7. How and why we should not worry about rupee shortage in the country:
    A-stop import of all non-essential commodities that have flooded our market places.
    B-stop import of all non-commercial vehicles for 3 years (90% can’t afford in any case but the govt. and FIs didn’t feel or realize it)
    C-stop all construction loans for 3 years.
    D-Agri ministry stop all fancy ideas and just concentrate on growing grains and vegetables on a war footing and start tomorrow with diary farming.
    E-Cut down chadis for all except for the Royal Family and the elected head of the govt.
    F-cut down foreign trips except for the elected head of the govt. and technical/professionals.
    G-stop import of building materials like bricks… we have locally available bricks, hollow blocks.
    H-make FDI more friendlier to allow in more money.
    I-stop or put on hold the ambitious plan of IT park and Edu City till we stabilize our economy.
    J-Cut down medical treatment funding except for financially challenged people.
    K-there are 100s of things in the market that we Bhutanese can well do without. List them and stop them.

  8. My landlord has two children studing in India. Recently I received a notice of rent increment by almost 40%. I also noticed that some of my colleagues have also got similar notices. Has crisis something to do with this?
    Suddenly, I observe that everything has become more expensive. I am a grade 6 civil servant with a working wife, a kid and grandma living together. Housing, food and clothing leave us with no savings at all.
    I wonder how others with low salary are managing. My heart pains to think and see those who earn just about Nu 10000/- with family – struggle to survive.

  9. ” Going gets tough, tough gets going.” The rupee crunch at this hour was a good lesson not only to the Government, but to us all including laymen. I consider myself literate but I never had the slightest idea how valuable the foreign currencies are and especially rupee. Until recently when RMA has stopped its supply did I realized (I guess all the countrymen)it’s importance.

    Limited issue and banning was the right approach undertaken by RMA. If we were to educate our countrymen on the value of foreign currencies through meetings, gatherings, media etc. none of us would have listened to it let alone implement what was being told. It would have wasted a lot of resources with payment of travel and daily sustenance allowances to the resource persons as well as the advertisement charges to media. With the “RMA approach” everybody got sensitized. I appreciate the approach and such measures could have been implemented long before. Nevertheless, it was not too late.

    Having said that our next approach is to look beyond and move ahead. We must not blame the present government thought they are partly responsible. Blaming and opposing does not solve the purpose. We love our country and in crisis like this we must love more. Thus, it is us- the Drukpas who must come together and work hand in hand providing solutions, both short and long terms in order to curb the rupee crunch.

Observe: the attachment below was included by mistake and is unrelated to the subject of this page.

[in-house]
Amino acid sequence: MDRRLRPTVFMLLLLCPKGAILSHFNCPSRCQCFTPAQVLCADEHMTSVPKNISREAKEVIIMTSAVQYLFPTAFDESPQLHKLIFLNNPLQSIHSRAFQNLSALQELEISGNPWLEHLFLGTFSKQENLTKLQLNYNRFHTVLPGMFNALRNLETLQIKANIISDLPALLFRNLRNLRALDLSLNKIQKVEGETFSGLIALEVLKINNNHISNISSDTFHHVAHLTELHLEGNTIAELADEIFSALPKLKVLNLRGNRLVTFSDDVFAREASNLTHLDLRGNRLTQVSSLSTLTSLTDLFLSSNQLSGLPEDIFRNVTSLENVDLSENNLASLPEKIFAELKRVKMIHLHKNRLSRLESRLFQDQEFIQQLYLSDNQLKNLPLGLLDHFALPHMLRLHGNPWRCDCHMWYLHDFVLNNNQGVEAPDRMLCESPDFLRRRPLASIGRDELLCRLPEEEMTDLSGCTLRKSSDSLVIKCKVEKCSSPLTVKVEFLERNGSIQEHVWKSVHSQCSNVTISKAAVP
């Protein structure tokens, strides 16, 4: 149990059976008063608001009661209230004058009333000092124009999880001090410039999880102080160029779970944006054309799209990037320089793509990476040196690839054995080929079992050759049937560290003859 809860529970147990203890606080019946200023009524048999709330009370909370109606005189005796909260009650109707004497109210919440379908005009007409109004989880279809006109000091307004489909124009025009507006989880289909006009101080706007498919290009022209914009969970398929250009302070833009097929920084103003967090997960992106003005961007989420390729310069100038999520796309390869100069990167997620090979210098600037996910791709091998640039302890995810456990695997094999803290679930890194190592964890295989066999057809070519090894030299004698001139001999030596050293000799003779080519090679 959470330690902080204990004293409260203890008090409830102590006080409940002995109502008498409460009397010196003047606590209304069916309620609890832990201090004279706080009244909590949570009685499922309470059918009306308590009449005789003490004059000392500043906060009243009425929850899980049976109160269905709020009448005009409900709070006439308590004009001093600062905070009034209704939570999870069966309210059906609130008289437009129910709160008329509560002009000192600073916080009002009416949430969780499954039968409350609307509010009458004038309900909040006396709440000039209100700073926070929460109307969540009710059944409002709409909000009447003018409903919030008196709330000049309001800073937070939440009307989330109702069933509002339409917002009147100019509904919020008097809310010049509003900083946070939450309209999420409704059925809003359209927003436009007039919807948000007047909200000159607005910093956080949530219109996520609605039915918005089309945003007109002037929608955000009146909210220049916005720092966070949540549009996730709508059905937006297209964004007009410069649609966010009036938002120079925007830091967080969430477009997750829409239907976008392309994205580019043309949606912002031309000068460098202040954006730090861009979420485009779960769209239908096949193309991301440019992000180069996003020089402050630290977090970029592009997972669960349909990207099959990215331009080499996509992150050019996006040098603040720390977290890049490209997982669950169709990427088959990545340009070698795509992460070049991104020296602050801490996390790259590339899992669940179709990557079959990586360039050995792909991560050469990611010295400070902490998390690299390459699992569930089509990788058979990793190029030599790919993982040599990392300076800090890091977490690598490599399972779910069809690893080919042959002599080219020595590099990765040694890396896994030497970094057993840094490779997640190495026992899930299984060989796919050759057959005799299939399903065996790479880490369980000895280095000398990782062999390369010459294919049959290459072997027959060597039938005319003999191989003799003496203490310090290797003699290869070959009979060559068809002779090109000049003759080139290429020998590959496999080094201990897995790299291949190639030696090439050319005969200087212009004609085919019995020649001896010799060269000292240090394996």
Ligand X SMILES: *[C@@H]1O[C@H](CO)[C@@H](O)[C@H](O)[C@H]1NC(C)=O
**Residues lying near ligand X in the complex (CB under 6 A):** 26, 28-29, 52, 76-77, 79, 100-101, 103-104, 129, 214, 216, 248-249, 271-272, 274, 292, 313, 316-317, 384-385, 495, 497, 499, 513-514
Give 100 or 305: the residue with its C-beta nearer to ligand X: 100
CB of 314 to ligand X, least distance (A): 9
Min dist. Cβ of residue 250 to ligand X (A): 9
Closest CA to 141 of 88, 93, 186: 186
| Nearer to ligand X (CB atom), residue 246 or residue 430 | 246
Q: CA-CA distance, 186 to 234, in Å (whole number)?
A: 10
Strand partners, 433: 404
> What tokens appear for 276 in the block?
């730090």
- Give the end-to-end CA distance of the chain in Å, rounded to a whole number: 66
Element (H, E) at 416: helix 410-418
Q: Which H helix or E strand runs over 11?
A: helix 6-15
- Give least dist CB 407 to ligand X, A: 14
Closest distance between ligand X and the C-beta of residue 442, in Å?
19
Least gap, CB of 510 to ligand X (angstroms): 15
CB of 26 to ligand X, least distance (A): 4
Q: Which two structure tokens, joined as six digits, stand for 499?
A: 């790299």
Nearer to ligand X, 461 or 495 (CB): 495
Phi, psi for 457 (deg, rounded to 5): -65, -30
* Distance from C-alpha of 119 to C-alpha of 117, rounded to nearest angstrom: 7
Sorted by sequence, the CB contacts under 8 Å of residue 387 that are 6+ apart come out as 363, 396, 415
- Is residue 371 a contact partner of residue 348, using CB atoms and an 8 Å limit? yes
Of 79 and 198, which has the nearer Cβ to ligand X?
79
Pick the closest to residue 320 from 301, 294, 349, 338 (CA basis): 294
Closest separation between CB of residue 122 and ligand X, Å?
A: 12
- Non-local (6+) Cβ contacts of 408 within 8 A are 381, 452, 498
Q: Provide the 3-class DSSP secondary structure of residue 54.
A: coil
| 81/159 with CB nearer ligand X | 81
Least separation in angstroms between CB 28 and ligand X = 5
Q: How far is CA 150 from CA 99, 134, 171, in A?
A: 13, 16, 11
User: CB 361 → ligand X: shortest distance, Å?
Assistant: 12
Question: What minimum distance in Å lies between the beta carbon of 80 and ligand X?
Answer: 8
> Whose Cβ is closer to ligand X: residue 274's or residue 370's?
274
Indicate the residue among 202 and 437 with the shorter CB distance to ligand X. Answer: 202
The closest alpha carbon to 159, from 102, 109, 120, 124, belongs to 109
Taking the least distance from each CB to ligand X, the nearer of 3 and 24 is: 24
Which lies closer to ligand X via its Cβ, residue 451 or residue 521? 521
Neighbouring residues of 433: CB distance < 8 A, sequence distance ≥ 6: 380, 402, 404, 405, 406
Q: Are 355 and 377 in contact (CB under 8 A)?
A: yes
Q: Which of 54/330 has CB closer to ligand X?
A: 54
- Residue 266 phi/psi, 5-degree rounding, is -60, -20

Some of the measures have already been shared by some of the readers. I would like to add upon my thoughts which I felt pertinent and reliable:
    1. The government must make mandatory that 75% of the workforce for national contractors must comprise of Bhutanese. This will have a larger impact in the long run. Our contractors have the mind set of dis-owning and classifying Drukpas as incompetent, lack of skills and lazy. Nevertheless, Drukpas are found competing at the International workforce. It is in fact irony to hear such comments. Therefore, as mentioned above the government must have stringent law in place.

    2. We have seen a lot more graduates passing out every year and they are found unemployed. On the other hand substantial numbers of expatriate are seen in civil service. It is high time that we replace them.

    3. Local agricultural produce must be encouraged and at the same time the prices must be checked. Our business policy is so complex that it kills both the customer and the seller. A kilo of local red chilli can never be Nu.1000/- unless otherwise its gold plated, but we see it in our market.

    4. There is a need for the change in education curriculum. Like the internship for MBBS graduates our children is middle secondary schools must be sent to villages during monsoon to have a hand on experience in farming. This would aid our literate children to go back their village and make their living as RCSC wishes to be “small, efficient and compact” resulting into a haywire system with shortage of manpower.

    5. As mentioned in one of my earlier response we must try to deforest the southern foothills in phase wise manner. The timber and other forest produce may be sold to India to earn rupee. For the long run the deforested areas may be planted with oranges and tea to yield cash in rupees in the long run. This project may be undertaken by the government. The other option can be to lease the land to farmers with certain percent of payment to the government for certain number of years and thereafter to be returned to the government. The latter option would narrow the gap between the haves and the have- nots. However, the government must be position to help farmers to establish the same.